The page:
Asian shares rose Thursday, led by Japan, while oil prices were steady despite a second straight day of overnight losses on Wall Street. Analysts said that despite the rebound it was too early to say risk sentiment was back. Apart from persisting worries over prospects for a U.S. tax overhaul and doubts over the pace of rate hikes by the Federal Reserve, market-moving news was scarce.
Japan’s Nikkei 225 jumped 1.5 percent to 22,351.12, snapping a six-session losing streak. South Korea’s Kospi advanced 0.6 percent to 2,533.58. Hong Kong’s Hang Seng index gained 0.8 percent to 29,079.83. Australia’s S&P/ASX 200 added 0.2 percent to 5,943.50, while China’s Shanghai Composite Index slipped 0.1 percent to 3,399.25. Stocks in Southeast Asia were mostly higher.
While the Federal Reserve’s rate hike in December is “a done deal,” Rob Carnell, head of research, Asia, at ING, said in a daily commentary that the latest share price declines and lower commodity prices “raise worries about growth and the pace of tightening in 2018.”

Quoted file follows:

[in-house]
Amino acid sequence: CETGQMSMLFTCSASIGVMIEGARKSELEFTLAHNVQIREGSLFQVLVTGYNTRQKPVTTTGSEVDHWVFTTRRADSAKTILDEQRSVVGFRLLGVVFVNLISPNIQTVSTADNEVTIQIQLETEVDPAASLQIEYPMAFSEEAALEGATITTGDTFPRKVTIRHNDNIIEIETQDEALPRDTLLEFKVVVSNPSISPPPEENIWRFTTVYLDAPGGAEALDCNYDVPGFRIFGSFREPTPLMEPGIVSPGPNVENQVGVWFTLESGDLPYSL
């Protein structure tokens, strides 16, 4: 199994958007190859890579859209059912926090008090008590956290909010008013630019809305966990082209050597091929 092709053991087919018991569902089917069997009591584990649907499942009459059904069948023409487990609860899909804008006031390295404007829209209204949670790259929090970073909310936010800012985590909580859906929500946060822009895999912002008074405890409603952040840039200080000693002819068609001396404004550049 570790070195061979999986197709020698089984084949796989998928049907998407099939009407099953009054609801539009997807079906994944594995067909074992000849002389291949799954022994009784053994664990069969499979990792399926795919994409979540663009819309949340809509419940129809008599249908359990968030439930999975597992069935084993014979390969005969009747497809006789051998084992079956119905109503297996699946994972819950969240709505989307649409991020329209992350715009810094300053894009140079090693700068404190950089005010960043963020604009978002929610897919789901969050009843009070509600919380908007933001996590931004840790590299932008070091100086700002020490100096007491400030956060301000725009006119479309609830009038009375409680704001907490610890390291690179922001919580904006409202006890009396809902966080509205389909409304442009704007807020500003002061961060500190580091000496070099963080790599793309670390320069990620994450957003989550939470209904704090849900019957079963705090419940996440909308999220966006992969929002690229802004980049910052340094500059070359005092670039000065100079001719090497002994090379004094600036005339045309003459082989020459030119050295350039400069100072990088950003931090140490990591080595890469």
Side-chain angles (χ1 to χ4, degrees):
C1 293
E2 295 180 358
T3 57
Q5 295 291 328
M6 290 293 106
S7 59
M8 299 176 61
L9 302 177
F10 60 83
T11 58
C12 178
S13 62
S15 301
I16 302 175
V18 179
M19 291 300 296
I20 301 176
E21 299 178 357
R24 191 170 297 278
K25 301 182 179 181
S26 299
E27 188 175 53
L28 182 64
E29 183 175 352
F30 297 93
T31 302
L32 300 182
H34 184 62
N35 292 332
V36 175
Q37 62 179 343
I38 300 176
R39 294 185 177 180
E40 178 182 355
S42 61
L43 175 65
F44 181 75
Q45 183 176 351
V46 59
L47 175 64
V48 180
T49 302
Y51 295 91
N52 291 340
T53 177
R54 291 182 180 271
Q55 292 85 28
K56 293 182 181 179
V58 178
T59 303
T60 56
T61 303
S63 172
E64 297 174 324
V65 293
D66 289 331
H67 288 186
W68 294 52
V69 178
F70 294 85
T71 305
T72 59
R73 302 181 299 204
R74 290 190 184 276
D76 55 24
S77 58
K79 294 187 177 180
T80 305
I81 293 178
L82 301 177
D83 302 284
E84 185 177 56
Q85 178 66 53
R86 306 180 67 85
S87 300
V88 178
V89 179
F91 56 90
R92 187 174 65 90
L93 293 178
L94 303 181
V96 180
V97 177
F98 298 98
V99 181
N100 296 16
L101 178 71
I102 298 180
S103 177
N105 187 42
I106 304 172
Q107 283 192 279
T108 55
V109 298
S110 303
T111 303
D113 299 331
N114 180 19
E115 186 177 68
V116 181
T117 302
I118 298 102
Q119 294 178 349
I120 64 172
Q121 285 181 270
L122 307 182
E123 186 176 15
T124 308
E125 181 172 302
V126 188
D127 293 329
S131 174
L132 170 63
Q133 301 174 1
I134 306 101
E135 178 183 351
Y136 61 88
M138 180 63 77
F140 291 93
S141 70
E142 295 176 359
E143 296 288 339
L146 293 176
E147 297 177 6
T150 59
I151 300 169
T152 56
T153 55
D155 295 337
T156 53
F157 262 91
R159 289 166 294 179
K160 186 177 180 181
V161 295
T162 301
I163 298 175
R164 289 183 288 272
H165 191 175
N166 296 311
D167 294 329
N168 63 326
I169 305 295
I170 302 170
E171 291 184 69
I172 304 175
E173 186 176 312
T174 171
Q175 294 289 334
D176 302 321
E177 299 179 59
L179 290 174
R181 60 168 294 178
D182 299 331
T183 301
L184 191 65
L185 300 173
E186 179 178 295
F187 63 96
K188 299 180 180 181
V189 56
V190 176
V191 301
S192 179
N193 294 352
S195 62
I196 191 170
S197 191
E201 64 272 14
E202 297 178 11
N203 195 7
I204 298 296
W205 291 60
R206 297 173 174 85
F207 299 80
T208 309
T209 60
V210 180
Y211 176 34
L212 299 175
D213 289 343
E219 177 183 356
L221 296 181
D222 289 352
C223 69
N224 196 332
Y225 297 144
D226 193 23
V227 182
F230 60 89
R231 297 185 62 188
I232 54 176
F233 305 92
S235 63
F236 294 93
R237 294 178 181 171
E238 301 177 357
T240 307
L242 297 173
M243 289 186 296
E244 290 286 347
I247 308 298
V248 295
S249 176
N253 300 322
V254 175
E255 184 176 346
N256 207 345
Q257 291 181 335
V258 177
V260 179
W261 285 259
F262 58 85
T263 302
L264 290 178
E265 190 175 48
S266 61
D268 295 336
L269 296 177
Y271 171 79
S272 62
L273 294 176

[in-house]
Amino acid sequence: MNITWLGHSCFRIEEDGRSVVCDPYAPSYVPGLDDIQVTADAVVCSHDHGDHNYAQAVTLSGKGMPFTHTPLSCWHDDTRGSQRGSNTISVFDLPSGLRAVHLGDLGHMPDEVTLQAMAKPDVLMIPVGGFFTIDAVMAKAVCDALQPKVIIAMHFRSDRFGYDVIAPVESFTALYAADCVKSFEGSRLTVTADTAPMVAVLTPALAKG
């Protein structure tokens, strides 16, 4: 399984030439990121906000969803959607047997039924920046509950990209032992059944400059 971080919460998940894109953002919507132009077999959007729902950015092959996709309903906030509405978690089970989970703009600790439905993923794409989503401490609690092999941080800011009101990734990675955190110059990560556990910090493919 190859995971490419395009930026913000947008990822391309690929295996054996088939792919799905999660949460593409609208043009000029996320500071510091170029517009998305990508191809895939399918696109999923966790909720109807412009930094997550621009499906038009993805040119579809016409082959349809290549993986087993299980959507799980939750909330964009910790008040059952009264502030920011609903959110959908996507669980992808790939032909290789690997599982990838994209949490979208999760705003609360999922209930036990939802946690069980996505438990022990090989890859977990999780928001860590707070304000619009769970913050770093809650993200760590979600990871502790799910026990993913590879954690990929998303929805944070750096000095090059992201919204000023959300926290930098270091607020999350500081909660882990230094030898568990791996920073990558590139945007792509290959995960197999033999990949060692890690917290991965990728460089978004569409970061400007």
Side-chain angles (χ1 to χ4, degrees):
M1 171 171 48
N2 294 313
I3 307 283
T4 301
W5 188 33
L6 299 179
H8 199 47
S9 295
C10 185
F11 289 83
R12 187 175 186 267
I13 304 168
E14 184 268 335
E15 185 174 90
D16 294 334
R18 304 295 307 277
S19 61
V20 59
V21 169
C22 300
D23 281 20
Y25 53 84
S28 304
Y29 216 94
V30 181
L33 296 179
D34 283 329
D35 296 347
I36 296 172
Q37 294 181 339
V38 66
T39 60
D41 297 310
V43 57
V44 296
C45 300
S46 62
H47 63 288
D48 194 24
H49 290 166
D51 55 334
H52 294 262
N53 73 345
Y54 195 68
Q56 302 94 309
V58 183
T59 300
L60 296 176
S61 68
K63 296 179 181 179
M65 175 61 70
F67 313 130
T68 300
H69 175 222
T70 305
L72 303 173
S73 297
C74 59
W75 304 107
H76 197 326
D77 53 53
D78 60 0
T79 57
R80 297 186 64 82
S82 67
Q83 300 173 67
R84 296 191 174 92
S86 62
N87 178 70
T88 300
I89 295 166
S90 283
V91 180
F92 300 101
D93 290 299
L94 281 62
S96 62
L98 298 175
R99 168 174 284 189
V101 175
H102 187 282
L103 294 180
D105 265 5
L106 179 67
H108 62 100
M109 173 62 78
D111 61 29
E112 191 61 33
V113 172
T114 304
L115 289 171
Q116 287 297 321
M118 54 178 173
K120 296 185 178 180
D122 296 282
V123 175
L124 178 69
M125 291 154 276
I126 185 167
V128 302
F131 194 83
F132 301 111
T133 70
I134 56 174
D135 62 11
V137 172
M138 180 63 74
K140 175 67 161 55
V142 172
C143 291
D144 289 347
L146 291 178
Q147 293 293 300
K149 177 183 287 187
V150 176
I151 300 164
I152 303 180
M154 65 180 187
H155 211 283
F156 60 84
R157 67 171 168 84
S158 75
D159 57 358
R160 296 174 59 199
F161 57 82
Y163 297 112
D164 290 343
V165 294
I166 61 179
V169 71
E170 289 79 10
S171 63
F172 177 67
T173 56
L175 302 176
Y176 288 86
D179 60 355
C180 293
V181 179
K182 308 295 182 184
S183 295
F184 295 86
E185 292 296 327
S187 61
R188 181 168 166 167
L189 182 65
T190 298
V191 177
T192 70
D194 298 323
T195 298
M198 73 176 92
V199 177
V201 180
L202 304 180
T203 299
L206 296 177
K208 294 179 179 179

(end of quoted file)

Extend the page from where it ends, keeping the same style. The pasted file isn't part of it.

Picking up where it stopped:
Analysts said strong U.S. retail sales data and consumer prices released Wednesday gave a green light to the Fed to raise rates next month. U.S. retail sales rose 0.2 percent in October, a healthy rate, and consumer prices rose 0.1 percent last month.
Crude oil prices eked out a tiny gain. Benchmark U.S. crude added 1 cent to $55.34 per barrel in electronic trading on the New York Mercantile Exchange. It fell 37 cents, or 0.7 percent, to settle at $55.33 per barrel on Wednesday. Brent crude, used to price international oils, gained 16 cents to $62.03 per barrel in London. It lost 34 cents, or 0.5 percent, to close at $61.87 a barrel on Wednesday.
The dollar rose to 113.20 yen from 112.84 yen while the euro sank to $1.1782 from $1.1790.